Raiders owner: Team wasn't targeted in email investigation
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By BARRY WILNER
NEW YORK (AP) Las Vegas Raiders owner Mark Davis says he doesn't believe the team was targeted in the leaking of emails that led to the resignation of coach Jon Gruden.
Speaking after the NFL owners meetings ended Wednesday, Davis also acknowledged the team has reached a settlement with Gruden, who received a 10-year, $100 million contract to return to coach the team in 2018. He did not reveal terms of the settlement.
Asked about any recent conversations with Gruden, whose racist, homophobic and misogynistic comments were uncovered during an investigating of workplace misconduct at the Washington Football Team, Davis said: "He's hurt, he's really hurt. I understand that. But he understands the ramifications of what he said."
"We all have our demons in life," Davis added, "and we have to understand that."
Davis wondered about the timing of the leaking of the emails, and said he was not given a reason for delays in his team being told about them. The NFL has not and will not be releasing documents from the independent investigation of the Washington Football Team, saying the league is protecting the identities of those who testified. Gruden's emails were to Bruce Allen, the former president of the Washington franchise.
Davis would like the league to release a written report of the investigation.
"I would like to see some of the things that were charged," he said.
He also gave a lukewarm endorsement of Raiders general manager Mike Mayock, who was hired by Gruden.
"Mike Mayock is the GM of the Raiders," the owner said. "I will not speak for the future, right now he's the GM of the Raiders."
And, echoing the sentiments of his late father, Al Davis, the Pro Football Hall of Fame owner, Davis noted about the way his team was drawn deeply into the Washington investigation, "We're Raiders. We're used to this."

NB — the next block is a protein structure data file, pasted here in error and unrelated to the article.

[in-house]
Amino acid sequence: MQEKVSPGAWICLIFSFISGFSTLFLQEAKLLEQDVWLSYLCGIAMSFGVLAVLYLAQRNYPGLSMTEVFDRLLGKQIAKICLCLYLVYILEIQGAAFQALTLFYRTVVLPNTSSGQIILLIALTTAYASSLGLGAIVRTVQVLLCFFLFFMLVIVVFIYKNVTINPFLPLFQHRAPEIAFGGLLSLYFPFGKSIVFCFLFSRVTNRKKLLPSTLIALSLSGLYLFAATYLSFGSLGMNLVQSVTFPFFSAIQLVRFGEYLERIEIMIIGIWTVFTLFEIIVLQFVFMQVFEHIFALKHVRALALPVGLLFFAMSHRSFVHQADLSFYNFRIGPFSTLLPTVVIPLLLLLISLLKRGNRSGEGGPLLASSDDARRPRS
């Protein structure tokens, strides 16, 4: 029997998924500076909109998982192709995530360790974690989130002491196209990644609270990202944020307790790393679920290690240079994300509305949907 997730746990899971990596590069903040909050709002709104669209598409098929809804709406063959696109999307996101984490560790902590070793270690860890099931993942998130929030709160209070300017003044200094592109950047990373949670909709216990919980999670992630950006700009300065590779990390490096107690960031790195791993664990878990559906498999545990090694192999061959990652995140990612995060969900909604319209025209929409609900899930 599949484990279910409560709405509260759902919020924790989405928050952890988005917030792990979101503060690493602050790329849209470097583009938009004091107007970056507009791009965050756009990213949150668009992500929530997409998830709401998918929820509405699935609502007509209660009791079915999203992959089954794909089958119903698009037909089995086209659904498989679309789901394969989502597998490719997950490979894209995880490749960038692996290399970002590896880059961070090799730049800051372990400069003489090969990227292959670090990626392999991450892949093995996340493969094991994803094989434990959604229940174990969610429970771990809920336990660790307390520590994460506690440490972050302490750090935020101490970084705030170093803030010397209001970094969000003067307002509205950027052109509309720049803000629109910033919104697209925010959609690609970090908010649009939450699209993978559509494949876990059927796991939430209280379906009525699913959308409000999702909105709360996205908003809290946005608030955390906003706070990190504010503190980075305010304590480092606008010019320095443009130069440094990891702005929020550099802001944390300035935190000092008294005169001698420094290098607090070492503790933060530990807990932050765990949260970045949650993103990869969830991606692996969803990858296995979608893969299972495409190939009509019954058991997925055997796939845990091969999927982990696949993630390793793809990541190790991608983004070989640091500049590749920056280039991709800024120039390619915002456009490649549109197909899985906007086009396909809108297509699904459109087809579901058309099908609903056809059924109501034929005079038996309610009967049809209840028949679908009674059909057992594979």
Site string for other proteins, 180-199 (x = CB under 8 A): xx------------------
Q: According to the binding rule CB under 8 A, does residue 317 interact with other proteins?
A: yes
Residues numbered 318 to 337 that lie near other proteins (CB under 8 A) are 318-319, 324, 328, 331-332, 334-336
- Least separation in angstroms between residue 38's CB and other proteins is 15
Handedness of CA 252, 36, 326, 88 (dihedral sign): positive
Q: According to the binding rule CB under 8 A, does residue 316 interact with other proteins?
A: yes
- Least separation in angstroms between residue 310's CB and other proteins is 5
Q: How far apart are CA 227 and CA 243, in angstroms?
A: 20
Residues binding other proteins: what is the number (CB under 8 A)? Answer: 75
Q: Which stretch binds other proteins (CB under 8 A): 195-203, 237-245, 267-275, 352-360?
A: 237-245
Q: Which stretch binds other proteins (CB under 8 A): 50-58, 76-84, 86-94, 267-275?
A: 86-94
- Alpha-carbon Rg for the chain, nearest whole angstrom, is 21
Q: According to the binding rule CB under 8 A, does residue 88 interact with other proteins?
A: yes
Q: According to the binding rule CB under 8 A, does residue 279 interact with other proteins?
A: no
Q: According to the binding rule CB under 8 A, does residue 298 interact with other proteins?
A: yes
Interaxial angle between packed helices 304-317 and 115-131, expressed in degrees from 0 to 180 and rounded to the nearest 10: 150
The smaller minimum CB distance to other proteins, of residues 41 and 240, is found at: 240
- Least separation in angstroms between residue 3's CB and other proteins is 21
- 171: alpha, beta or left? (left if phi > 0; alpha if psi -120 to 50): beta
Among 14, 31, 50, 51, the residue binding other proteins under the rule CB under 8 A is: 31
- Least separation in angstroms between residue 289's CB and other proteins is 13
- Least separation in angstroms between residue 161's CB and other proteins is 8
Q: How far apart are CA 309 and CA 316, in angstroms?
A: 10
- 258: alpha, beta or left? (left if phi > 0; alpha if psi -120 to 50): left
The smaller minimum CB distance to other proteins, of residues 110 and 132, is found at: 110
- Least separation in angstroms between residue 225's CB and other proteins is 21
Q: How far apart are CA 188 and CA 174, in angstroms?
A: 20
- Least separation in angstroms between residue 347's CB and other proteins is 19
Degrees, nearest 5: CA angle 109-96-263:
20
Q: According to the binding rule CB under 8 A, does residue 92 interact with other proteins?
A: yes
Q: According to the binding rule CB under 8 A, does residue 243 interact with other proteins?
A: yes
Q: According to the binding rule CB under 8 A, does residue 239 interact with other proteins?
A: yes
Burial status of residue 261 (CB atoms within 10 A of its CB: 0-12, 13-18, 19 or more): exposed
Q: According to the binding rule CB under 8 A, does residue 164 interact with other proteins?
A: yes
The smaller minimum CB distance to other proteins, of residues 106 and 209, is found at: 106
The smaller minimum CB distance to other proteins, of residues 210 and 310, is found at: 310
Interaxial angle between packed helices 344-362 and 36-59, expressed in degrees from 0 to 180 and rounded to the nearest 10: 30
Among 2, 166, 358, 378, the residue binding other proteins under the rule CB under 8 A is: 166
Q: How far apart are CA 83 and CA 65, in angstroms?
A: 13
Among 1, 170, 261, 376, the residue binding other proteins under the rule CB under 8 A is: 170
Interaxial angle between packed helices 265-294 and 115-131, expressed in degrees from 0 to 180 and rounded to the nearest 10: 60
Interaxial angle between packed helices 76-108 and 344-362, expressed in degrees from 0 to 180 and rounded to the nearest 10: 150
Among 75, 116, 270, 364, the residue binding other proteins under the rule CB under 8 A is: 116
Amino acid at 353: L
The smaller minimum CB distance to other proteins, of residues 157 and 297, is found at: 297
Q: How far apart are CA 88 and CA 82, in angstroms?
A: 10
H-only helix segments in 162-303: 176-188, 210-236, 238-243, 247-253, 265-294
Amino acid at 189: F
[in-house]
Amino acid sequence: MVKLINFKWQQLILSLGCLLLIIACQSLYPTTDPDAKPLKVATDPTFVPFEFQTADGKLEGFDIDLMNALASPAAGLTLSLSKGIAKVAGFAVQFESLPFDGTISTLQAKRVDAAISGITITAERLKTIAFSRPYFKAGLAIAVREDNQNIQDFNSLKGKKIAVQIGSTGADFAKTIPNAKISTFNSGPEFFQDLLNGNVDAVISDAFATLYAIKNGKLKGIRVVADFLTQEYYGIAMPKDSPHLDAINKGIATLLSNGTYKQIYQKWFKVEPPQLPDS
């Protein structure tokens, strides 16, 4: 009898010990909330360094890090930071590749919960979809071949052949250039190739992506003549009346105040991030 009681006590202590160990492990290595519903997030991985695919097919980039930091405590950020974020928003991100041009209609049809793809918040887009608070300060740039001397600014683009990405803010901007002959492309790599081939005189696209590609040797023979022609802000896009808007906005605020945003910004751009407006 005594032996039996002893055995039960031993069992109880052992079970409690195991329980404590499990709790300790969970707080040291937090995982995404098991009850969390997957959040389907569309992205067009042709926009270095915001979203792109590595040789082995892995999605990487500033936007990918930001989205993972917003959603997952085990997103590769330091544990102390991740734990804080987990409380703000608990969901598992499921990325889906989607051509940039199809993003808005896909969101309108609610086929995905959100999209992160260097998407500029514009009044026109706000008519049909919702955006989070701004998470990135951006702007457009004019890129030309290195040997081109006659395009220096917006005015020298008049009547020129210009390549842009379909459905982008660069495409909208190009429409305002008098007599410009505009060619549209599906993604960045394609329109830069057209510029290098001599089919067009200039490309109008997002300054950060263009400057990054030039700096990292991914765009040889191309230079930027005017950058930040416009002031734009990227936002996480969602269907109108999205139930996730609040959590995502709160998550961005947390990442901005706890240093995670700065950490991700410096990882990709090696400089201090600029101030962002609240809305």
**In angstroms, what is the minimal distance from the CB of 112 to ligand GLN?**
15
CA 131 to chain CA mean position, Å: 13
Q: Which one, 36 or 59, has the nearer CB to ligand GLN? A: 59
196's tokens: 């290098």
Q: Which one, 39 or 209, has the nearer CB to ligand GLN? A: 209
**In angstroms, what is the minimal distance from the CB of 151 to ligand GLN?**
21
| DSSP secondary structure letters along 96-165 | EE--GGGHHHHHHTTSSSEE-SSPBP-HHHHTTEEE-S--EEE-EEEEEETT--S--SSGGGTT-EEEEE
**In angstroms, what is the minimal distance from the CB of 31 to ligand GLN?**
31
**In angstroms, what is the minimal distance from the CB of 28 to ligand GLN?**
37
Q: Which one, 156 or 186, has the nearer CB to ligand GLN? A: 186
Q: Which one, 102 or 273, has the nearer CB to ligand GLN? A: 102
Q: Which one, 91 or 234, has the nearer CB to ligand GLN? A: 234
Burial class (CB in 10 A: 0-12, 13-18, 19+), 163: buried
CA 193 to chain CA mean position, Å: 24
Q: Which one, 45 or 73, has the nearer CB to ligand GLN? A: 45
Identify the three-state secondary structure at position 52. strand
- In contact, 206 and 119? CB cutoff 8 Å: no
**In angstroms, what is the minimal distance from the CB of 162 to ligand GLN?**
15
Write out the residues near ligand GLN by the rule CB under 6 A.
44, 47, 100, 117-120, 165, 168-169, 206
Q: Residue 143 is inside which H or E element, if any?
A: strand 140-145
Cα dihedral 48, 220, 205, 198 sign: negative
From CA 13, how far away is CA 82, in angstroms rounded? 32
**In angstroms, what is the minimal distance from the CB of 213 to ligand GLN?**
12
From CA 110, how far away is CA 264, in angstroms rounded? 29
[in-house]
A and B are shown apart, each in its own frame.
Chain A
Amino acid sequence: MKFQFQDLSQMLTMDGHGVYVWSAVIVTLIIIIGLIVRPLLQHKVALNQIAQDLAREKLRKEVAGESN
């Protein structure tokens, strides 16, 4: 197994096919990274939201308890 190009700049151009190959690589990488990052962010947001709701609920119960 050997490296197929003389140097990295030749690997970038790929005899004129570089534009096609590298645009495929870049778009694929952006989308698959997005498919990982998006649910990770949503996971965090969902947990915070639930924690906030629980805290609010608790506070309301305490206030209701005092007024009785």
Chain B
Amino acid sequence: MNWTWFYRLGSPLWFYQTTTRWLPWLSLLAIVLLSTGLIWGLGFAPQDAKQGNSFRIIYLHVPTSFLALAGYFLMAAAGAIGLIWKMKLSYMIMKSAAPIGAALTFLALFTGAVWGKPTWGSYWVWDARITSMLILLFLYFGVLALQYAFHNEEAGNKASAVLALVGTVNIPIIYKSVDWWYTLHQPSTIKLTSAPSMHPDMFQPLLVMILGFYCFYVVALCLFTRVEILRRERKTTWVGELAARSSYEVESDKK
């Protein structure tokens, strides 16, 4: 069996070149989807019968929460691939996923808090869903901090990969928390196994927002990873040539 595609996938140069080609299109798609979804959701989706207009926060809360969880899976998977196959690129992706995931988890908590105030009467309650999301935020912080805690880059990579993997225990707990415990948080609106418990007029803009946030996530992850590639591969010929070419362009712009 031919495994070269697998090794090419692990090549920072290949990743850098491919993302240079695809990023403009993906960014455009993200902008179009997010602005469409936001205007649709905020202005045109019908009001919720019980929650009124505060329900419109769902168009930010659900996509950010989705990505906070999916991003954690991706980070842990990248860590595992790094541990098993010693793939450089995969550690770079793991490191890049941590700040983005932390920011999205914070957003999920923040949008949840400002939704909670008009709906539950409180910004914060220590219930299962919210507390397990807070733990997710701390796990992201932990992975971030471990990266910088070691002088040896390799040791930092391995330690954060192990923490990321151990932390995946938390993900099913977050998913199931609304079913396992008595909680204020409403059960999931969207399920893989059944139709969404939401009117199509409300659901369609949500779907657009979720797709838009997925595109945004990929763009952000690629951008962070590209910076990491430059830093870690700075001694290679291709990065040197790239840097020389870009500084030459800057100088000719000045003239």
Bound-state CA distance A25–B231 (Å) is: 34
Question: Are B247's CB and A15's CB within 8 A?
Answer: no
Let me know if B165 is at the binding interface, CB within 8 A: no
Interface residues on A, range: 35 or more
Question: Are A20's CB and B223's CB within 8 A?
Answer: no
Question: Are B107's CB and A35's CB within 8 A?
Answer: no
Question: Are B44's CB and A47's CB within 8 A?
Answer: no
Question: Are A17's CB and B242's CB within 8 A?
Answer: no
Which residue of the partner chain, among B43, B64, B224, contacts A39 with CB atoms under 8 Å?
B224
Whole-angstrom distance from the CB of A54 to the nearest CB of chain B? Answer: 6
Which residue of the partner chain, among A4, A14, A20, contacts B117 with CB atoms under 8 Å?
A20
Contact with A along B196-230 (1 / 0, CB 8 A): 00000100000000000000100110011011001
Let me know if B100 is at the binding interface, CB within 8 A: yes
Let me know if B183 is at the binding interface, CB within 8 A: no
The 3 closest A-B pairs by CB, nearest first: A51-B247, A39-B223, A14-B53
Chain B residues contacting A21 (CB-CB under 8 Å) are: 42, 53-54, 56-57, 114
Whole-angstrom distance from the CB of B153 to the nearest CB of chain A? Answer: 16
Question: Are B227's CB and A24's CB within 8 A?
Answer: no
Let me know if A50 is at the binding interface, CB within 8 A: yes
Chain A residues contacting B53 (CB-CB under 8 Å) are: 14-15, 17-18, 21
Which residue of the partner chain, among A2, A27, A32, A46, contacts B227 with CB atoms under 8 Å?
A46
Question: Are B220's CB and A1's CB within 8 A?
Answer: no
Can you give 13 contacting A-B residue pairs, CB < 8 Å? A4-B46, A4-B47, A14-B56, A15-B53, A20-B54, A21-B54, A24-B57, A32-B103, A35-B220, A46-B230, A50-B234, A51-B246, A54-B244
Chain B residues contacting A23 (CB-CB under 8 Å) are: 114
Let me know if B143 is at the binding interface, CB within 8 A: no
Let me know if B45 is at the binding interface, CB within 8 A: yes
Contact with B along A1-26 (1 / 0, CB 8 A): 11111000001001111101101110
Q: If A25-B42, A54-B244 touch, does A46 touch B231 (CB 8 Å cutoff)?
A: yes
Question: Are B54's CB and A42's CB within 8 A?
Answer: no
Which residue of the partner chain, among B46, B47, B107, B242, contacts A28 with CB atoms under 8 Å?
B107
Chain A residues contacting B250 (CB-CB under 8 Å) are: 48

Al Davis often took on the league and other teams on a variety of issues, including suing the NFL to allow him to move the franchise.
There were no matters up for voting on the owners' agenda for these meetings - the first in person since December 2019. There was a tweak to the Rooney Rule that requires interviews of minority candidates for coaching and executive jobs.
At least one in-person interview with a minority candidate for head coach and general manager positions who is not working for the interviewing team will be required. Many interviews during the COVID-19 pandemic have been done virtually.
The idea is to ensure that searches for such hires are diverse and thorough.
Through seven weeks of the schedule, the number of coaches' challenges has dropped significantly from 62 in 2020 and 104 the previous season to 46. Troy Vincent, the NFL's pro football operations chief, believes help from the replay officiating booth and league office in New York has led to the decrease.
Vincent also said the uptick in penalties overall stems from an increase in offensive holding calls.
Defending the process for replay reviews, Vincent said there were five or so reviews that required lengthier than normal stoppages.
"But there is an appreciation of getting it right," he said. "It is not about the time, the goal is to get it right. We're always about efficiency, but we have the technology to get it right."
AP Pro Football Writer Josh Dubow contributed.
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Updated October 27, 2021